Medicaid’s Role in Financing Behavioral Health Services for Low-Income Individuals–UL6Zki-HGQHLS4RD8Y8ZbTr8AQGhBhz7qdIR7ccPzycYCdolOYkhAAzGif8hXzta2poZiZb43ugH_d0JCTVhQ_1yCug

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Behavioral health conditions affect a substantial number of people in the U.S. and are especially common among people with low incomes.1,2,3 Behavioral health conditions include mental illnesses, such as anxiety disorders, major depression, bipolar disorder, schizophrenia, and post-traumatic stress disorder, as well as substance use disorders (SUD), such as opioid addiction. These conditions range in severity, with some being more disabling than others.  People with behavioral health needs may require a range of services, from outpatient counseling or prescription drugs to inpatient treatment.

As a major source of insurance coverage for low-income Americans, and as the only source of funding for some specialized behavioral health services, Medicaid plays a key role in covering and financing behavioral health care. In 2015, Medicaid covered 21% of adults with mental illness, 26% of adults with serious mental illness (SMI), and 17% of adults with SUD.4 In comparison, Medicaid covered 14% of the general adult population.5 In total, approximately 9.1 million adults with Medicaid had a mental illness and over 3 million had an SUD in 2015. Nearly 1.8 million of these adults had both a mental illness and an SUD.6,7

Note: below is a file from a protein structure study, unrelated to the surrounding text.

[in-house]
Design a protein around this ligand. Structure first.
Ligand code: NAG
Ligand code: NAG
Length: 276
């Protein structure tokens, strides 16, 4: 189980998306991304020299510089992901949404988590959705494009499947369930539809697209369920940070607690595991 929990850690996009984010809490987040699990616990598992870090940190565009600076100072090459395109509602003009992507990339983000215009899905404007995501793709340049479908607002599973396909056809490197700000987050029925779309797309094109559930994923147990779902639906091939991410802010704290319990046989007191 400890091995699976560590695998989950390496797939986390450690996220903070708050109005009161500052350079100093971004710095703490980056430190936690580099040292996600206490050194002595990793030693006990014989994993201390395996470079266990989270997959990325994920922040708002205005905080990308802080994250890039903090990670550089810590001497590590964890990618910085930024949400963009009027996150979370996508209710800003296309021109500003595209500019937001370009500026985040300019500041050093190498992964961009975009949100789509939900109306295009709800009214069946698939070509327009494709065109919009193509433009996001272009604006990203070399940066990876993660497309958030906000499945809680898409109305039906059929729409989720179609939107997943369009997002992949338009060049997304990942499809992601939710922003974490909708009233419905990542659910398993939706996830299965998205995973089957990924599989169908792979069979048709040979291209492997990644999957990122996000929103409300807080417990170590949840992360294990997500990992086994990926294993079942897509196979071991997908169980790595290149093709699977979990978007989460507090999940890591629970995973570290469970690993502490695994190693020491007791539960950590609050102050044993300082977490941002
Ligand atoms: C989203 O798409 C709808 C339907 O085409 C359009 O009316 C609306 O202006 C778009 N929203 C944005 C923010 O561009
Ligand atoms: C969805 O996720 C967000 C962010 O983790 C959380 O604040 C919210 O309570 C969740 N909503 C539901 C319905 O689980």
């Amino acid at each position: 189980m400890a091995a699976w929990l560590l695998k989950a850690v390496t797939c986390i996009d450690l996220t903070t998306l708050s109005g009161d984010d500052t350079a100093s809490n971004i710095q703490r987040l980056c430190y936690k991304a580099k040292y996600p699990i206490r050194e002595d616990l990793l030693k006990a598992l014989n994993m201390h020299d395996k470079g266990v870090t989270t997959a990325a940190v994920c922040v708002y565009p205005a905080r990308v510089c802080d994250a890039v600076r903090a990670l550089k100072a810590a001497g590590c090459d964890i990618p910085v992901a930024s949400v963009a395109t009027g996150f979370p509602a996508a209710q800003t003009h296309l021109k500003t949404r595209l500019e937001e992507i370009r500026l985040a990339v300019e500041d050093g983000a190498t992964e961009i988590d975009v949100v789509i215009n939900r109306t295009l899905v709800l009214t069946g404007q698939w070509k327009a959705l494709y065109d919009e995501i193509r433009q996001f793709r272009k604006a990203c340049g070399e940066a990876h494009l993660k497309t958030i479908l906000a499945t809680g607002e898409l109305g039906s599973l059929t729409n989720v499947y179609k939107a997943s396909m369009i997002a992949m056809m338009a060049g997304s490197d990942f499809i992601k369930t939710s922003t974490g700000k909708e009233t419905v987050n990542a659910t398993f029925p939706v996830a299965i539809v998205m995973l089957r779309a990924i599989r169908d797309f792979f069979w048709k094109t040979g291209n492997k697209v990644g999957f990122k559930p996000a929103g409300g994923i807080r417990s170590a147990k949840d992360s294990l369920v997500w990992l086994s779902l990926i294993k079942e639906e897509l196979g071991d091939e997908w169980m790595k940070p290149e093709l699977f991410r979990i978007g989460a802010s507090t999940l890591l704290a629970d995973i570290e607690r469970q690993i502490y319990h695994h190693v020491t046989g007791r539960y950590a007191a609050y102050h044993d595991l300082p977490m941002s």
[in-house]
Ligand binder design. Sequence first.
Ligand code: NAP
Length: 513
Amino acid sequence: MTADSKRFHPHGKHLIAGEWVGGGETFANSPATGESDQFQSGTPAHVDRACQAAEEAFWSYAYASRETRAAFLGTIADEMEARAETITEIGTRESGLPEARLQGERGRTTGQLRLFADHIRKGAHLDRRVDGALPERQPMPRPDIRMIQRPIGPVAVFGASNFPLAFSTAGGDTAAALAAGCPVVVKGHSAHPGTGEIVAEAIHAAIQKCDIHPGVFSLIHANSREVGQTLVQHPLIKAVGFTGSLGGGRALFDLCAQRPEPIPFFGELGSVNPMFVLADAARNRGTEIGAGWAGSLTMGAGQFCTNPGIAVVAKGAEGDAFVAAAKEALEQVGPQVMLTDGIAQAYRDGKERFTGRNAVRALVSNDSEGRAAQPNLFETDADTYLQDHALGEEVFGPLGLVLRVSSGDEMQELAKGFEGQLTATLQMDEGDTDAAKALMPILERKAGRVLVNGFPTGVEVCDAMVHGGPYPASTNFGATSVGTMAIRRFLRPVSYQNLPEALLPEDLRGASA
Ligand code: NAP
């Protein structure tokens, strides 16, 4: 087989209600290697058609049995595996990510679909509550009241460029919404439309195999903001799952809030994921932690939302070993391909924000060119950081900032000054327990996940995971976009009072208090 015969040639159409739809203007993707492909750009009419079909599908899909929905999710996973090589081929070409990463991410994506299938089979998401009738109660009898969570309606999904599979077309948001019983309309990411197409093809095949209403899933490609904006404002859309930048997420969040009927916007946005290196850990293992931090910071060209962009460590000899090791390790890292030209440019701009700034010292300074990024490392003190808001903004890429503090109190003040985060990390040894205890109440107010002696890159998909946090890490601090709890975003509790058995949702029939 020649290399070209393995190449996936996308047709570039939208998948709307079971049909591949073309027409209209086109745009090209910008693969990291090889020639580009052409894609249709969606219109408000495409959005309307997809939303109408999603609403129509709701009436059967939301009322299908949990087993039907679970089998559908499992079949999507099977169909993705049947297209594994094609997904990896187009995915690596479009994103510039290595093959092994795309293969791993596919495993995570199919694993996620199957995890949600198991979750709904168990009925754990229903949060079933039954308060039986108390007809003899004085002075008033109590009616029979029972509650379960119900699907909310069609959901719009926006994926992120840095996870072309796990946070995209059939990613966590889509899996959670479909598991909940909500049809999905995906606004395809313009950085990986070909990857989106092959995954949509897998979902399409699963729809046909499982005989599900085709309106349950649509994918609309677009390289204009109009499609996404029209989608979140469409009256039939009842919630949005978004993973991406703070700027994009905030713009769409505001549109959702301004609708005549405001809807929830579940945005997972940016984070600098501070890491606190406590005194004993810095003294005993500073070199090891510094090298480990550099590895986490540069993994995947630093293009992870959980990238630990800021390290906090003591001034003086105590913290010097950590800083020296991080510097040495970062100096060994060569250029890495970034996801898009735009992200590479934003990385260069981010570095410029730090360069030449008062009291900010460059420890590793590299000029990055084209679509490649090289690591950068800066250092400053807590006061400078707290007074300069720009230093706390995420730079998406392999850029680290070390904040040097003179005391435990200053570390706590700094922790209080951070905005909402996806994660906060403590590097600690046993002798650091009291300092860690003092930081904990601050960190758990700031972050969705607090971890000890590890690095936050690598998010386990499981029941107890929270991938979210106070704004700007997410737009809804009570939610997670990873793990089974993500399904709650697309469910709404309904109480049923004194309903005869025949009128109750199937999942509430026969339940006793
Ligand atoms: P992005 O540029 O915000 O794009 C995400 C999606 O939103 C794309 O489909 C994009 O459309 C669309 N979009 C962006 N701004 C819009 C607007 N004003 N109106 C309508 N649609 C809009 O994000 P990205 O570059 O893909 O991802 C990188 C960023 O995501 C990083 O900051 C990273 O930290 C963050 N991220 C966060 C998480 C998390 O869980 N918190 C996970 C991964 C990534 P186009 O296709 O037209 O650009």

Current Medicaid program financing guarantees federal financial support to states with no pre-set limit. The Better Care Reconciliation Act (BCRA), as proposed by the Senate, restructures federal Medicaid financing by changing it to a per capita cap or block grant, which would likely impact states’ ability to provide coverage for and access to behavioral health services for people who need them. This issue brief provides an overview of Medicaid’s role for people with behavioral health needs, including eligibility, benefits, service delivery, access to care, spending, and the potential implications of the BCRA.

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